Last year, the Trump Administration banned the CDC from using the word "transgender" along with several six other words: "vulnerable," "entitlement," “diversity," "fetus," "evidence-based," and "science-based."

Now they're reportedly going one step further against the transgender community by retroactively revoking transgender women's passports. Them's Mary Emily O'Hara reports at least two women with U.S. passports said the State Department denied their request for passport renewal. For each of these cases, the State Department already approved the gender change on previous passports.

In one instance, Danni Askini, who transitioned at 16 years old in 1998, said her passport held her correct gender for twenty years—meaning she would have renewed at least once in her lifetime. But this time around her passport was denied renewal on the basis that she "failed to disclose" she was transgender and they would need proof that she underwent a gender transition.

"Make no mistake, this was an intentional action by the State Department to withhold recognizing my gender," Askini told Them.

Askini also went to Twitter to talk about the situation. "Today I was denied a renewal of my US Passport and told I would need to get a judge to unseal child welfare records from Foster care in order to "prove" my US Citizenship. Despite having had all "Female" ID since 1999, they are now demanding "Proof of Transition" for the 1st time." She was later given a two-year temporary passport for her trip to Sweden from her hometown, Seattle.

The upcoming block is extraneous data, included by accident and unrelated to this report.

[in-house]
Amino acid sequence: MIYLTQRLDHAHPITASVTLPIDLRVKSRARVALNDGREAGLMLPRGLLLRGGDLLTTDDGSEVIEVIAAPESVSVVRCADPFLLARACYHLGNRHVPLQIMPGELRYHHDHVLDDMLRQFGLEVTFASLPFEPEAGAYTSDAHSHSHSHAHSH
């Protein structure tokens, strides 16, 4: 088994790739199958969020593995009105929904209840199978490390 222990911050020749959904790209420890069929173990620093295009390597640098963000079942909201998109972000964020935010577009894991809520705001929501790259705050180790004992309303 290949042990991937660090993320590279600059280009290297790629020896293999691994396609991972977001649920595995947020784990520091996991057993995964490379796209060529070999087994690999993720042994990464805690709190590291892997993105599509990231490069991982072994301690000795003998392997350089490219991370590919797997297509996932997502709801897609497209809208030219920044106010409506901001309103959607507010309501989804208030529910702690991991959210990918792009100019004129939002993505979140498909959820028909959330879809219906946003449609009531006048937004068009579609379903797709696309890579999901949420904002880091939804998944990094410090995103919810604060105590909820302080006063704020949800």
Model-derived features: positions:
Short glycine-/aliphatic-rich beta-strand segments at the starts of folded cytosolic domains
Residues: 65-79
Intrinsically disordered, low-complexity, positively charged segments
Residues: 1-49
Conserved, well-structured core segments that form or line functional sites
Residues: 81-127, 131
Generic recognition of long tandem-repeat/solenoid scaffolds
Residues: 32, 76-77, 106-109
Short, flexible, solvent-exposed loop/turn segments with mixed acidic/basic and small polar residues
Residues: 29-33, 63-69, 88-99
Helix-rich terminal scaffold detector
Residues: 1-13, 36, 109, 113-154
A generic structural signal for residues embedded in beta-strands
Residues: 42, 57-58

Another woman, Janus Rose, said she's run into the same issue with the State Department.

"Wow. The U.S. passport office just called and told me that due to an 'error,' the government has *retroactively invalidated* the change of gender marker it authorized on my passport last year," read her tweet. "They won’t renew my passport w/ correct name & gender until I submit a new doctors note." Rose said she included a doctor's note with her application "just in case" but it appears it wasn't enough to get her passport renewed.

Them reached out to the State Department and received the following statement: "Every applicant who applies for a U.S. passport undergoes extensive vetting of their identity, claim to U.S. citizenship and entitlement to a passport," it read. "When a passport applicant presents a certification from a medical physician stating that the applicant has undergone or is receiving appropriate clinical treatment for gender transition, a new passport will be issued with an updated gender marker. Sexual reassignment surgery is not a prerequisite for updating the gender marker in a passport and documents proving sexual reassignment surgery are not required."

However, when Rose spoke with a clinic about the incident, they relayed that they never saw someone denied a passport renewal for a gender change.